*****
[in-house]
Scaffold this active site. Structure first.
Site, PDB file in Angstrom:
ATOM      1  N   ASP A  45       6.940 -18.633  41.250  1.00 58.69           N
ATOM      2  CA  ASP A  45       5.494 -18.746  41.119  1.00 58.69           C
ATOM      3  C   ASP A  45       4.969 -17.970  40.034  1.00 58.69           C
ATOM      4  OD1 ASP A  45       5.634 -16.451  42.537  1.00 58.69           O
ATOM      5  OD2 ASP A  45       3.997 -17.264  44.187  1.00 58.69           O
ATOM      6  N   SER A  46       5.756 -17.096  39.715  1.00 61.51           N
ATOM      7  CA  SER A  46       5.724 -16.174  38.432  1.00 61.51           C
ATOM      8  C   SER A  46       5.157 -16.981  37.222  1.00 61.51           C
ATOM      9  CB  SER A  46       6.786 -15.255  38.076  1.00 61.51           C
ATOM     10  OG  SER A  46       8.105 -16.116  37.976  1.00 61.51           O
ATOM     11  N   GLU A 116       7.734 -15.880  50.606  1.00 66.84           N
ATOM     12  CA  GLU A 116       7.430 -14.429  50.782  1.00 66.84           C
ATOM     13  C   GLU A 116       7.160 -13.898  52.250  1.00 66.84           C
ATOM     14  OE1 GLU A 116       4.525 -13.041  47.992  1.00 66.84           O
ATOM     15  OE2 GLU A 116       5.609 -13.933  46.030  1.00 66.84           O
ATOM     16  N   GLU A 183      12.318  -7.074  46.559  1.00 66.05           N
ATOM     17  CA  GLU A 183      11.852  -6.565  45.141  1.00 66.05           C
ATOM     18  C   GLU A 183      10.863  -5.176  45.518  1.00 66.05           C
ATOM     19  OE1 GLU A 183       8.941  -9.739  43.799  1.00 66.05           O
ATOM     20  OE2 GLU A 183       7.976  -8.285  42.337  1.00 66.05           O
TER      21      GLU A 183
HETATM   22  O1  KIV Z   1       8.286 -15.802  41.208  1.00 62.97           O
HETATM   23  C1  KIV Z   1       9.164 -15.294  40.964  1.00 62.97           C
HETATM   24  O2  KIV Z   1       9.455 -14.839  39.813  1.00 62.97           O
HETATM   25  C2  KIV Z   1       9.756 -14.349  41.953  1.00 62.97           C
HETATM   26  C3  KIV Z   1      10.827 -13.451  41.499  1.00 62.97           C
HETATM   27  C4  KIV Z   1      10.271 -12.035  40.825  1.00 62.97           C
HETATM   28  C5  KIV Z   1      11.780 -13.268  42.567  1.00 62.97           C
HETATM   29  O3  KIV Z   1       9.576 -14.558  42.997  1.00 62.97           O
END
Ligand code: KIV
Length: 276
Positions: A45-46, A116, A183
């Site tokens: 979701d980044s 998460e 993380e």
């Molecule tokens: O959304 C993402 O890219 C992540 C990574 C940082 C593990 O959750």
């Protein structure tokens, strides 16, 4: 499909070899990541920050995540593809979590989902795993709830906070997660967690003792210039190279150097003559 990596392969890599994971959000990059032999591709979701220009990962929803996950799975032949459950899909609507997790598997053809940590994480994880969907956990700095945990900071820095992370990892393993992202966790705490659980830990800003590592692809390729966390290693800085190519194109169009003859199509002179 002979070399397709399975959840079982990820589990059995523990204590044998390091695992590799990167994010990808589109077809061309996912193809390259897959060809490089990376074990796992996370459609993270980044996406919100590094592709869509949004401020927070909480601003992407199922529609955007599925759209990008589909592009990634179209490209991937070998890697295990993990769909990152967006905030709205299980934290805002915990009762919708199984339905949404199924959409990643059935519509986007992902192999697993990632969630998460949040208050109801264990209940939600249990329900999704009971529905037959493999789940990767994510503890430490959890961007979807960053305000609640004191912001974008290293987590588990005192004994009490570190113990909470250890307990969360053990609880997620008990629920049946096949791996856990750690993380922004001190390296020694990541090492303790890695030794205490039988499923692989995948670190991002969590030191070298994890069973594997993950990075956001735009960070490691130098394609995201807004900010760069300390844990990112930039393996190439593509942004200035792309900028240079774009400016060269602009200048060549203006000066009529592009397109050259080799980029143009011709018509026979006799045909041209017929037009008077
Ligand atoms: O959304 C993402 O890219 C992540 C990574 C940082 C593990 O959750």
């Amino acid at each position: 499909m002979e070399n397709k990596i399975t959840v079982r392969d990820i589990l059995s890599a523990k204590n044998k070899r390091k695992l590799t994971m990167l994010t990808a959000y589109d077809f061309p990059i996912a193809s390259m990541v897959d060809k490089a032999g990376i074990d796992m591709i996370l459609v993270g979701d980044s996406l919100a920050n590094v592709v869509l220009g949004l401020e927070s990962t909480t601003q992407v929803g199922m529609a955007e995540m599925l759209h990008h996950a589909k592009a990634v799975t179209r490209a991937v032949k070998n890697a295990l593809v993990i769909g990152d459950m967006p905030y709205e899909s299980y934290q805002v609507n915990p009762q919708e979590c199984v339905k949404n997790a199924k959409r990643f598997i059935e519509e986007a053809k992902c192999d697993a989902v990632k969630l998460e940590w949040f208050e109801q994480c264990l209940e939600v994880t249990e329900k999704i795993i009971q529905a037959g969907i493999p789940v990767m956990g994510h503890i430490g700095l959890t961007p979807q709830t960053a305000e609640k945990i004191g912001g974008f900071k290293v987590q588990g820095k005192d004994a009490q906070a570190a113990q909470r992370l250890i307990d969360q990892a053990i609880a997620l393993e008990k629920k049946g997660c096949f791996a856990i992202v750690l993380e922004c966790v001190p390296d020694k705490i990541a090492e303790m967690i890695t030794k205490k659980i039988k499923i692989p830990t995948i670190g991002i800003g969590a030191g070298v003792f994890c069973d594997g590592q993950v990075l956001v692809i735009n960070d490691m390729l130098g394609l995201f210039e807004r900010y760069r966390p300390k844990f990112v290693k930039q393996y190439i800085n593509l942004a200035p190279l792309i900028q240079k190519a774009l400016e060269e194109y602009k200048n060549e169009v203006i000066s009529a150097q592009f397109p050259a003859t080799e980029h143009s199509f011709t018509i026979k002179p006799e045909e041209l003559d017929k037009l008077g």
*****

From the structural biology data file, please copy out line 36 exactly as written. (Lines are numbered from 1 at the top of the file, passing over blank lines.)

Positions: A45-46, A116, A183